Why You Should Be Open to Coaching and Feedback

In my sales role, I have to be in front of people a lot. So when our marketing team asked me to help with a short video for our website, I thought it would be easy. Is there really any difference between making a presentation to two dozen people and two billion? But what I thought would be a simple favor turned into a great (and humbling) learning opportunity.

My story will have two important takeaways. The first takeaway is that, no matter how good someone is at his or her job, there’s always more to learn, more skills you can acquire. Be open to the possibilities!

Unfortunately, some organizations—too many, really—think of training as something they do when an employee first comes on board, or when there is an issue. In reality, training can happen at any time, all the time.

The second takeaway is that everyone should learn how to be a good coach. If anyone can learn something new, it’s also possible that anyone can have something valuable to teach. So why not make sure they can teach effectively?

The story itself is worth telling. Although I would have agreed with both of these takeaways if you had told them to me, they didn’t really sink in until I found myself wondering why I couldn’t master the skill of...sitting on a stool.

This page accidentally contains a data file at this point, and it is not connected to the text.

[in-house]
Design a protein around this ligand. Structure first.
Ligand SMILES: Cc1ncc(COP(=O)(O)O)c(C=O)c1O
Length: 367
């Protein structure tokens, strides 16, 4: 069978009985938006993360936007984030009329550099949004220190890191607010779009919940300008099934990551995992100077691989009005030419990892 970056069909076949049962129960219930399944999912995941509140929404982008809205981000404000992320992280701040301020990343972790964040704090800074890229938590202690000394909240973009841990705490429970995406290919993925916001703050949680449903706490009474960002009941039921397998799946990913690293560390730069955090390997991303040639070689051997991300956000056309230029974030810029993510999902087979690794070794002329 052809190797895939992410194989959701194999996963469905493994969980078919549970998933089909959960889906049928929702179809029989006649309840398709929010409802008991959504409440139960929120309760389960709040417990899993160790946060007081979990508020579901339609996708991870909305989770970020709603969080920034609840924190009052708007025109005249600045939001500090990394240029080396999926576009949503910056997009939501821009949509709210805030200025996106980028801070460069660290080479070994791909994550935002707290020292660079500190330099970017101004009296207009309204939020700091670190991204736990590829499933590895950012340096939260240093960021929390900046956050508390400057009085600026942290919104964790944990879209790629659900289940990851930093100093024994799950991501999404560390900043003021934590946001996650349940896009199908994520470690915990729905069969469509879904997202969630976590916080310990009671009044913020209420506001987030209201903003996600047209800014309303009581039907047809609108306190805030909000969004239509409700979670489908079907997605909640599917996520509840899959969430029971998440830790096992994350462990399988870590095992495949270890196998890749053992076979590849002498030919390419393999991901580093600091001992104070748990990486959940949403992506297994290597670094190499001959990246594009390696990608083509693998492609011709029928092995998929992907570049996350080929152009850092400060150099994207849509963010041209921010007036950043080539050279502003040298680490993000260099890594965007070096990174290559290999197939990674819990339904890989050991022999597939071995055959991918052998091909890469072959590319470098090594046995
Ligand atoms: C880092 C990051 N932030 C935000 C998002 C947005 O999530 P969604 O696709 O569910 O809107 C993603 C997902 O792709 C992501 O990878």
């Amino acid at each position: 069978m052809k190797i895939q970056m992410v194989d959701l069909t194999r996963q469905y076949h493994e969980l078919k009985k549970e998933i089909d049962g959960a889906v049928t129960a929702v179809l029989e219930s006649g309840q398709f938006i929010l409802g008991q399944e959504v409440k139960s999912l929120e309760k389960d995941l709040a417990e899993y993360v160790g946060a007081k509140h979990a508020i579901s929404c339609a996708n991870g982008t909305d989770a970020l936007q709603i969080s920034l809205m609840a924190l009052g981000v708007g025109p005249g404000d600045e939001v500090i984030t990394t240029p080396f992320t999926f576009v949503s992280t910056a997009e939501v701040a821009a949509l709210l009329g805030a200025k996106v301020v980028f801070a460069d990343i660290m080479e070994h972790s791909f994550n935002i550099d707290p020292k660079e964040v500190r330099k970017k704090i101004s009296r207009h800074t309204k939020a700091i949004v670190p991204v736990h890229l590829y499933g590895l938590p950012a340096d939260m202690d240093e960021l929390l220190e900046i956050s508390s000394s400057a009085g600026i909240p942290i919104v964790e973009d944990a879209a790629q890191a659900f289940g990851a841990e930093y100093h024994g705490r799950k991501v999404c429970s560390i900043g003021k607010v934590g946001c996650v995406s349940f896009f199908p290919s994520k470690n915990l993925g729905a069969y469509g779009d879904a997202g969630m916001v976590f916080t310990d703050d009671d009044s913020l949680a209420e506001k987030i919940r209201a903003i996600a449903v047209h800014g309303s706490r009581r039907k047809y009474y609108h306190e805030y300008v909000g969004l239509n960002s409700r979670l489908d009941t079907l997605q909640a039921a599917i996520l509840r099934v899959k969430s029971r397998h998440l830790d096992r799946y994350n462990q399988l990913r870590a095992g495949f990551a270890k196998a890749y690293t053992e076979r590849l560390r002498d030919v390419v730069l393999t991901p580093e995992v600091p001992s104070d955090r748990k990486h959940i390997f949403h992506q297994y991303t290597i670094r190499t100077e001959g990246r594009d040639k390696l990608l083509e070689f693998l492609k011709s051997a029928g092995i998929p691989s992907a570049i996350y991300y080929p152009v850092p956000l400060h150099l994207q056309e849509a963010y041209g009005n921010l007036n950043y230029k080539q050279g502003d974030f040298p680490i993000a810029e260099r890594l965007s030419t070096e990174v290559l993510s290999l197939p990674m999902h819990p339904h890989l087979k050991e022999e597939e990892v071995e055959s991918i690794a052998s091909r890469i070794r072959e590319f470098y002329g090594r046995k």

My Short-Lived Career on Camera

This past summer I met with two of ej4’s video directors, Mike and Cole, to record a short video for our website. I thought this would be fairly easy: All I had to do was sit on a stool in front of the ej4 logo and deliver a few lines. “No sweat,” I thought. I have some acting background. I feel comfortable in front of a camera. Memorizing and saying a few lines while sitting should be a cake walk.

Feeling confident in my abilities, I met Mike and Cole in the studio. They were meticulously setting up the lights, camera, and microphone. Just watching them, one could tell these guys knew what they were doing. Mike got me “mic’d up,” and we tested the volume levels. One last check on the position of the stool, and we were ready to go.

This is when I got my first dose of humility. I figured the whole process would consist of a handful of takes and then we’d be done. Instead, Cole focused the camera on me for one second, two…I was waiting for him to yell “action!” but it didn’t happen. Instead, he stepped away and looked at the scene again. Something was off. Was it one of the lights? Was the stool not quite at the right height? Heaven help me, did I have a booger?

It was none of those. Cole noticed I was slouching; he asked me to straighten my back and square my shoulders. OK then, I thought, that makes sense. Ready to go now!

Little did I know that would be the first of many issues. Many, many issues.

What I thought would take all of 10 minutes ended up taking a good 25, 30 takes! In that time, I:

  • Managed to flub one or more lines several times (despite the fact that I had memorized them!)
  • Needed to adjust my pace multiple times (I was going either too fast or too slow, or putting emphasis on the wrong syllable)